A U.S. lawmaker's call to add Chinese memory chipmakers to a trade blacklist shows that Washington wants to abuse its political power to retaliate against Beijing's law-based decision on U.S.-based chipmaker Micron Technology, experts said on Wednesday.
Mike Gallagher, the chair of the U.S. House of Representatives' committee on China, said the U.S. Commerce Department should add Chinese memory chipmakers such as Changxin Memory Technologies and Yangtze Memory Technologies Corp to a trade blacklist, Reuters reported.
If the U.S. government agrees to that, it would further disrupt the global semiconductor industry chain and harm the interests of U.S. companies that supply products to these Chinese chipmakers, said Xiang Ligang, director-general of the Information Consumption Alliance, a telecom industry association.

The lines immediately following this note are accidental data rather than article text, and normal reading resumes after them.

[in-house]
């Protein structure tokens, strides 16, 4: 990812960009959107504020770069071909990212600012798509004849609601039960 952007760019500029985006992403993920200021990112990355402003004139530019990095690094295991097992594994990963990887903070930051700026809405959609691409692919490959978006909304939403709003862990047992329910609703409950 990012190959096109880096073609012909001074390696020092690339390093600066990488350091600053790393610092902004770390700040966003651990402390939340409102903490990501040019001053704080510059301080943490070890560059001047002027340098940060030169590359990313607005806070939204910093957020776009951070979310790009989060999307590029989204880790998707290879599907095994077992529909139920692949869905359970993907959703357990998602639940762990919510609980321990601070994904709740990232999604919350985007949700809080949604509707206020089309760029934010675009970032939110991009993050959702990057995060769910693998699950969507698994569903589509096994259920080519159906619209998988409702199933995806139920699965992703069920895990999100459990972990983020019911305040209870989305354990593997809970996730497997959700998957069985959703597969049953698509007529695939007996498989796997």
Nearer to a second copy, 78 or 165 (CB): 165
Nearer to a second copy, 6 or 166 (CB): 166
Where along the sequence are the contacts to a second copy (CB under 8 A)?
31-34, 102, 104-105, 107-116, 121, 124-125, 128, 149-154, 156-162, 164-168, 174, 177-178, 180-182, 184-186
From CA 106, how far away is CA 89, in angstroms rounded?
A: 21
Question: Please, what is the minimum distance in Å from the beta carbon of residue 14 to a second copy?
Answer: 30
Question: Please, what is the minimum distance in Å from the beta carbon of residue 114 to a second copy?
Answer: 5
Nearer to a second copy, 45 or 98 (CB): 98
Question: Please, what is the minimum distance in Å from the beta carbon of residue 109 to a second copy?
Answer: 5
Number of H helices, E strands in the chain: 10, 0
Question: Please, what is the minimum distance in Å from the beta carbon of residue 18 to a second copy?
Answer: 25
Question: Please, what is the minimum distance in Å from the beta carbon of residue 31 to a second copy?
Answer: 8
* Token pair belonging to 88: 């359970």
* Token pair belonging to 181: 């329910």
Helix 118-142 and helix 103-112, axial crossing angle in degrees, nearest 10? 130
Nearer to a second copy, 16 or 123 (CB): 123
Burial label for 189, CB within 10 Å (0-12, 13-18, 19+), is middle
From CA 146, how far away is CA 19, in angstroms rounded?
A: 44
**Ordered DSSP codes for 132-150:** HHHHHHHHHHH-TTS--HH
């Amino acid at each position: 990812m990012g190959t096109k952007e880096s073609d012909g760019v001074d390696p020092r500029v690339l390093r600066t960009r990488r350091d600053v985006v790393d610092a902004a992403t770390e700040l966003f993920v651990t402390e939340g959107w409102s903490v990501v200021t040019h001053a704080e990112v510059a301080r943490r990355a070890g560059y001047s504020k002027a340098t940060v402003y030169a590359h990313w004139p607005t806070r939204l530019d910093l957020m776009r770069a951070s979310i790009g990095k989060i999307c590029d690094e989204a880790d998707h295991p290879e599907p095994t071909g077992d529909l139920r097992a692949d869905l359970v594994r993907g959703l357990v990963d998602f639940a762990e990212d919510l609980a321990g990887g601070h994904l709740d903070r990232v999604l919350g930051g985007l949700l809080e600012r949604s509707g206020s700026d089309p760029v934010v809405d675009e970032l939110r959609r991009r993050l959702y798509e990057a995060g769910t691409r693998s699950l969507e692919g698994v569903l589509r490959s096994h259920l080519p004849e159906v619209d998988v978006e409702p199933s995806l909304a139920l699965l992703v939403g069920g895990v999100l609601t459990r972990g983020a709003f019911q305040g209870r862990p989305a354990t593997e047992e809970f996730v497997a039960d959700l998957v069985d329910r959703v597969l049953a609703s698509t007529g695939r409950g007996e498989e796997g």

China's law-based decision asking its critical information infrastructure operators to stop buying products from Micron is a necessary move to safeguard national security and is in line with international practices, said Bai Ming, deputy director of international market research at the Chinese Academy of International Trade and Economic Cooperation.
"The U.S. government has banned Chinese companies amid national security concerns. Why is China not allowed to do so? We have national security concerns and we can take actions in accordance with our laws," Xiang said.
The decision on Micron was made after the government conducted a seven-week investigation into the company's products sold in China. The move is more transparent than Washington's ban on Chinese companies such as Huawei, Xiang added.